Auburn, 58

Augustinian Order, 56, 132

Balaclava, charge at, 133, 134, 135

Barnsley, 173

Barton-le-Street, 141

Barton-upon-Humber, 82

Beacons of East Riding, 49, 50

Belasyse. See Fauconberg
  Anthony, 133
  Sir William, 137

Bellini, Giovanni, 124

Bempton, 16, 17
  Cliffs, 38, 39

Benedictine Order, 165

Berwick-on-Tweed, 46

Berwickshire coast, 47

Bevere, Drogo de, 59

Beverley, 28, 60, 71-83
  gateways, 72, 73
  Minster, 71, 72, 74-83, 109
  St. John of, 76, 77, 81
  St. Mary’s Church, 72, 73, 82

Black Death, 22

Blacklow Hill, 170

Blackmore, R. D., 49

Blackpool, 37

Black Prince, Edward the, 175

Blashill, Thomas, 107

Boroughbridge, Battle of, 170

Bosworth, Battle of, 131

Boynton, 18

Bradford, 173

Bridlington, 17, 50-58, 61
             Priory, 56, 57

Brontë family, 179
  Branwell, 177
  Charlotte, 176, 178, 179, 180
  Emily, 180
  Society, 178

Bronze Age remains, 9, 12, 15

Brough, 28

Bulmer, Bertram de, 130

Burlington. See Bridlington

Burstwick, Prior Robert, 57

Burton, North, 20

‘Buzzers’ (sea-urchins), 37

Byland Abbey, 139, 140

Calcareous Grit, Middle, 33

Calder, River, 168, 173, 180

Cambridge, Duke of, at Newburgh Priory, 134

Canaletto, 124

Carlisle, Lord, 123

Carr Naze, 33, 35

Caracci, Annibale, 124

Carthusians at Hull, 105

Castleford, 168, 169

Castle Howard, 6, 123, 124

Cave, John, Abbot of Selby, 165

Charles I., 55, 133, 135
  II., 88

Château Gaillard, 169

Cholmley, Sir Hugh, 18
  Sir Roger, 46

Cistercian Order, 175

Civil War, the, 18, 53-55, 107, 110, 135, 141, 145, 150, 167, 172, 173

Clarence, George, Duke of, 130

Clifford, Francis, Earl of Cumberland, 149

Cole, the Rev. E. M., 22

Constable, Sir Marmaduke, 45, 46

Constantine, 154

Conyers, Sir John, 101

Cornwall, Earl of. See Gaveston

Cottam, 20, 21, 22, 29

Cowlam, 20, 22, 29

Coxwold, 132, 136, 137, 138, 139

Crayke, 132

Crimean War, 133-135

Cromwell, Oliver, 172, 173
  bones of, 135, 136
  Mary, 135

Cynesige, Archbishop, 76

Danes at Flamborough, 44, 47
  Spurn Head, 92
  York, 156

Danes’ Dyke, 41-44

Danthorp, Matthew, 96

Darcy, Lord, 171

De la Mare, Martin, 95

De la Pole, John, 131
  Michael, 105
  Sir William, 91, 105

_Derventio_, 122, 128

Derwent, River, 4, 6, 10, 26, 27, 109, 121, 122, 123, 125, 126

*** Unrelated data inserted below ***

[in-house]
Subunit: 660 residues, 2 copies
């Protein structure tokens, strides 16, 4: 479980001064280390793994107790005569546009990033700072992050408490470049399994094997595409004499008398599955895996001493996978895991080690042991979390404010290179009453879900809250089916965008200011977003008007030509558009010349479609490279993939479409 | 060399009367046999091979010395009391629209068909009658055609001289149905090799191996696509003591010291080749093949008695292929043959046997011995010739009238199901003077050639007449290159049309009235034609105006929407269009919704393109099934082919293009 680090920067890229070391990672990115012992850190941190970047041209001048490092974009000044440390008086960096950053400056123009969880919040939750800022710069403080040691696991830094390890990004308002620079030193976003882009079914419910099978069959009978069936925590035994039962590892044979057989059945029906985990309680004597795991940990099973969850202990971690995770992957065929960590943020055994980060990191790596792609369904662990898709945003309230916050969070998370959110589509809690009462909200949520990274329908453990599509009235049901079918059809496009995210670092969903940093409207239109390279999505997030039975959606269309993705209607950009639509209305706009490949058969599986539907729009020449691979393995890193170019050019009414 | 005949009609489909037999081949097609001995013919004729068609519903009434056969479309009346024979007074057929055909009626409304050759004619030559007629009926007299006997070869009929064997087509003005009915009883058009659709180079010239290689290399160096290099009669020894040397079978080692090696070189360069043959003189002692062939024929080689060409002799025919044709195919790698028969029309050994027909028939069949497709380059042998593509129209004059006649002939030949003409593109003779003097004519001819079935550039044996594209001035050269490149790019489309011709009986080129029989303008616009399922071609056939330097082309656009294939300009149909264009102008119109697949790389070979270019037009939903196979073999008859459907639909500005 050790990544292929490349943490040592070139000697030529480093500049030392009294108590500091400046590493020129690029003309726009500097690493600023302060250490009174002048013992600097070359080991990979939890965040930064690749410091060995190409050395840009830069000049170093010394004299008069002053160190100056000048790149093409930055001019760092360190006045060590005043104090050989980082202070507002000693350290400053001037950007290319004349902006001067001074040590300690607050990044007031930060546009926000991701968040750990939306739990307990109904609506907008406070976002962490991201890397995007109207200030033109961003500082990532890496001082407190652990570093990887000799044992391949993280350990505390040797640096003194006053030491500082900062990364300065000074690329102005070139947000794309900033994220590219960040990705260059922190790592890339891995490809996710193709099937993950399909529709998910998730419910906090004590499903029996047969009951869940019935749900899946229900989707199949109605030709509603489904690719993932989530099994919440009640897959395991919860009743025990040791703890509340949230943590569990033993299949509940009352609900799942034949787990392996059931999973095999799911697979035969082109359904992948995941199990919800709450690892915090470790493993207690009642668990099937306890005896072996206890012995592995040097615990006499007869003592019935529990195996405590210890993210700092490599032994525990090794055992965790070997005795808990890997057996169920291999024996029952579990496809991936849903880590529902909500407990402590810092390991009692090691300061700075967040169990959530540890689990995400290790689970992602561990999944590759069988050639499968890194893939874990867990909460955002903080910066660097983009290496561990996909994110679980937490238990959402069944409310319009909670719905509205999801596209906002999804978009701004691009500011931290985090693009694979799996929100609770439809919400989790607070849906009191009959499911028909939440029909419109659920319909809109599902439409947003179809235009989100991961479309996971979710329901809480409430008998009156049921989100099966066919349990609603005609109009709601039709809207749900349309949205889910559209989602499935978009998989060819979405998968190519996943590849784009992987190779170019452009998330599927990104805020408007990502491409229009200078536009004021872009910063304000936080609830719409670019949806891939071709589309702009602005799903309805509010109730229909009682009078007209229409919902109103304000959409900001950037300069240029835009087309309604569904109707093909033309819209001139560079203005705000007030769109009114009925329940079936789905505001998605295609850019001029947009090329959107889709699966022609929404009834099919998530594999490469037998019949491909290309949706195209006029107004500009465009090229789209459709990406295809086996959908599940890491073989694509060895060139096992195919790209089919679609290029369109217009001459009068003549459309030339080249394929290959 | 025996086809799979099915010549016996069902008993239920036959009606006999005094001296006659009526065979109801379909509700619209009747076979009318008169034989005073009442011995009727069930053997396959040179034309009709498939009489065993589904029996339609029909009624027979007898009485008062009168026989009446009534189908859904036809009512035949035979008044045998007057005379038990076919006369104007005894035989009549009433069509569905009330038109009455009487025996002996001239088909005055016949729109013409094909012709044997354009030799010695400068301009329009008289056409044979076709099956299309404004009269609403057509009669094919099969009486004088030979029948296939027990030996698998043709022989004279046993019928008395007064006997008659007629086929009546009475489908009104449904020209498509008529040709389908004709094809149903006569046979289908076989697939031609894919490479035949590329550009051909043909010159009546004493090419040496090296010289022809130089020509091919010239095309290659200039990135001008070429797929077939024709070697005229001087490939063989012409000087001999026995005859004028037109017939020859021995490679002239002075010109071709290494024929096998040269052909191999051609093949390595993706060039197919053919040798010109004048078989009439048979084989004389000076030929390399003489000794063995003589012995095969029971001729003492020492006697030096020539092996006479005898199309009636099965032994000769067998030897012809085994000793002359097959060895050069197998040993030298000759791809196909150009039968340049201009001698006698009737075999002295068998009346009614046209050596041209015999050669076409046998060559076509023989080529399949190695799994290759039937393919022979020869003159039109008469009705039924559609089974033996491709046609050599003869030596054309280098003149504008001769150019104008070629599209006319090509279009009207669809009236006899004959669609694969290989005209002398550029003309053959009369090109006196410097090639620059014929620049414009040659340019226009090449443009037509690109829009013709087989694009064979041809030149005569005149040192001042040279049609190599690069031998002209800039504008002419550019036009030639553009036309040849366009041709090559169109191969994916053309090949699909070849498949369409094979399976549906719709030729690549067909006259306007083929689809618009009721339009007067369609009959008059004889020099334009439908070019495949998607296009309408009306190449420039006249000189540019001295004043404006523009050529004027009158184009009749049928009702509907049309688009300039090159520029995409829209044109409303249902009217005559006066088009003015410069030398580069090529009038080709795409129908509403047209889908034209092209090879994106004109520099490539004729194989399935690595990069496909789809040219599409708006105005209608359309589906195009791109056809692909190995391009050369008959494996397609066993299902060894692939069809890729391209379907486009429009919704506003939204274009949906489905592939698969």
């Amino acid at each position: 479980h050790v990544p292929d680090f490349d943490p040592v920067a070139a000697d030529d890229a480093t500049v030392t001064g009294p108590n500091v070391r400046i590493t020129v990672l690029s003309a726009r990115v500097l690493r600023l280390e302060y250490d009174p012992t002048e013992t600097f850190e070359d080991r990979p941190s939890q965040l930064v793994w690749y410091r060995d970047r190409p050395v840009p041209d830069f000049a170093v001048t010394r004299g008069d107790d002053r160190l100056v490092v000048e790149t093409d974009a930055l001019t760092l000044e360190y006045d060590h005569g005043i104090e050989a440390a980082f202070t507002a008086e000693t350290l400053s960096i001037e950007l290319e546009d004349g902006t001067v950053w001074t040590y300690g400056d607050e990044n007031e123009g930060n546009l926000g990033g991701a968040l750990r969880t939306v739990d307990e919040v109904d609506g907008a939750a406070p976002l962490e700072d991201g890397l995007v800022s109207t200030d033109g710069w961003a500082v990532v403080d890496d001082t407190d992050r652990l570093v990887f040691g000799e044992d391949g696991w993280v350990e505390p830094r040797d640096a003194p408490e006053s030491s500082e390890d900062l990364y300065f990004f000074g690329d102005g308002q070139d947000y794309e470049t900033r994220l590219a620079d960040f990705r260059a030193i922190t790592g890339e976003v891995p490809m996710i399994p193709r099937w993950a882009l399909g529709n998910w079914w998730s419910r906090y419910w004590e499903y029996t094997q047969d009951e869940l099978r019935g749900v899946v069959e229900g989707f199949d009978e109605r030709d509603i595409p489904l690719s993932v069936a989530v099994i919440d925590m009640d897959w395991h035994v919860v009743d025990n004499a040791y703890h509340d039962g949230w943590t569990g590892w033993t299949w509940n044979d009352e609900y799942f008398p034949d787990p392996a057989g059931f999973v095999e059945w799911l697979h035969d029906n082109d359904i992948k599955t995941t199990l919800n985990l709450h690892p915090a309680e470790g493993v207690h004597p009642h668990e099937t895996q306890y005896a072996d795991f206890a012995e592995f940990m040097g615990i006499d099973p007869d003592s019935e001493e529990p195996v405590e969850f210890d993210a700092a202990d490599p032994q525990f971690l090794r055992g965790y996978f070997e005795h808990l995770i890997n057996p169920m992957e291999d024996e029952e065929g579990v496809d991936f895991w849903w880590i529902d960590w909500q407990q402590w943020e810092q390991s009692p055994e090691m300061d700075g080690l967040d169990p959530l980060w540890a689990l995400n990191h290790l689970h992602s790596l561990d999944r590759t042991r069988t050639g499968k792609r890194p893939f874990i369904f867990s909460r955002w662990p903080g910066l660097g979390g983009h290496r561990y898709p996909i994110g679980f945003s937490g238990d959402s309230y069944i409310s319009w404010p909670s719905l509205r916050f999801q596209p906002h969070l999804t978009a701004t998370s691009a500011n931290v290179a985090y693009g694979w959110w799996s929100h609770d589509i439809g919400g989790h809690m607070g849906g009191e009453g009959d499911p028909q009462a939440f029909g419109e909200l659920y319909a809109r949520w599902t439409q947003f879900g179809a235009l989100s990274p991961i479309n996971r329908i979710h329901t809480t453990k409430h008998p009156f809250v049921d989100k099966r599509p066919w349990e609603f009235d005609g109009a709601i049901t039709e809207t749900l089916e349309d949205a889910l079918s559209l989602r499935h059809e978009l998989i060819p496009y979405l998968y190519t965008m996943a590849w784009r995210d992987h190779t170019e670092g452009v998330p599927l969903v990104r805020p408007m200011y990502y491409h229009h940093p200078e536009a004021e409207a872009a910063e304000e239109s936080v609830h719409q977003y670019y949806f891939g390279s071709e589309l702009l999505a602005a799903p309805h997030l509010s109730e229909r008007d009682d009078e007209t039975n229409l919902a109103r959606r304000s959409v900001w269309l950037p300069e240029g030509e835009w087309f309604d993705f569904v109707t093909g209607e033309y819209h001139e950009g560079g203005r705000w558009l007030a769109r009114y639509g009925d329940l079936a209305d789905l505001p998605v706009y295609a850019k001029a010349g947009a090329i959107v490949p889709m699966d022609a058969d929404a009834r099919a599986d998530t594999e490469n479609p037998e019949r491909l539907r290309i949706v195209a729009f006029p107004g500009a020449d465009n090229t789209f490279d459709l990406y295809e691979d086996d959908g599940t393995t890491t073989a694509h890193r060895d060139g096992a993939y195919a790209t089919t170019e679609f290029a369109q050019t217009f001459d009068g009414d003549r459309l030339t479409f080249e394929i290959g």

Devon, Earl of, at Towton, 148

Dewsbury, 173

Domenichino, 124

Drake, Nathan, 172

Driffield, Great, 9, 10, 103

Drogo de, Bevere, 59

Dryden, Sir Henry, 99

Dunwich, Suffolk, 65

Dupier, Solomon, 166

Durham Cathedral, 163
  Collegiate, foundation of, 117
  county of, 132

Dutch ships, 53-55

Early Man, 7-10

Easington, 66, 95

Easingwold, 130

Easter Sepulchres, 100, 104

Eburacum (Roman York), 146

Edgcote, 101

Edward I., 104
  II., 60, 170
  III., 91, 175
  reign of, 102
  IV., 46, 95, 130
  Earl of Warwick, 130, 131
  the Black Prince, 175

Edwin, baptized at York, 155

Egg collectors at Bempton, 39, 40

Elizabeth, Princess, eldest child of Edward IV., 130, 131

Entrenchments, prehistoric, 9, 14, 15, 16

Epsom Races, 25

Ermine Street, the, 168

Erosion of Holderness coast, 58, 60, 61, 64

Espec, Walter, Lord of Helmsley, 125, 126

Eure, Lord, his house at Malton, 121

Exton, Sir Piers of (in Shakespeare’s ‘Richard II.’), 171

Fairfax family, seat of the, 140, 141
  Sir Thomas, 150, 172

Falaise, 152

Fauconberg, the Lords, 133, 135, 136, 137
  Mary, Countess of, 135

Filey, 8, 16, 33-38
  Brig, 33-36

Fitz-Allen, Lady Eleanor. See Percy

Fitz-Clarence, Rear-Admiral Lord Adolphus, 134

Fitz-Eustace, Richard, 169

Flamborough Head, 4, 5, 8, 16, 28, 33, 38, 40-53, 61
  village, 44-47

_Flaneburg_. See Flamborough, 52

Flaxton, 128

_Fleinn-borg_. See Flamborough, 52

Flodden Field, 46

Fortibus, William de, Earl of Albemarle, 93

Furness Abbey, 139

Galtres, Forest of, 129, 130, 132, 153

Garton, pillar near, 25

Gaskell, Mrs., 176, 180

Gaveston, Piers, 60, 170

Geoffrey of Monmouth, 133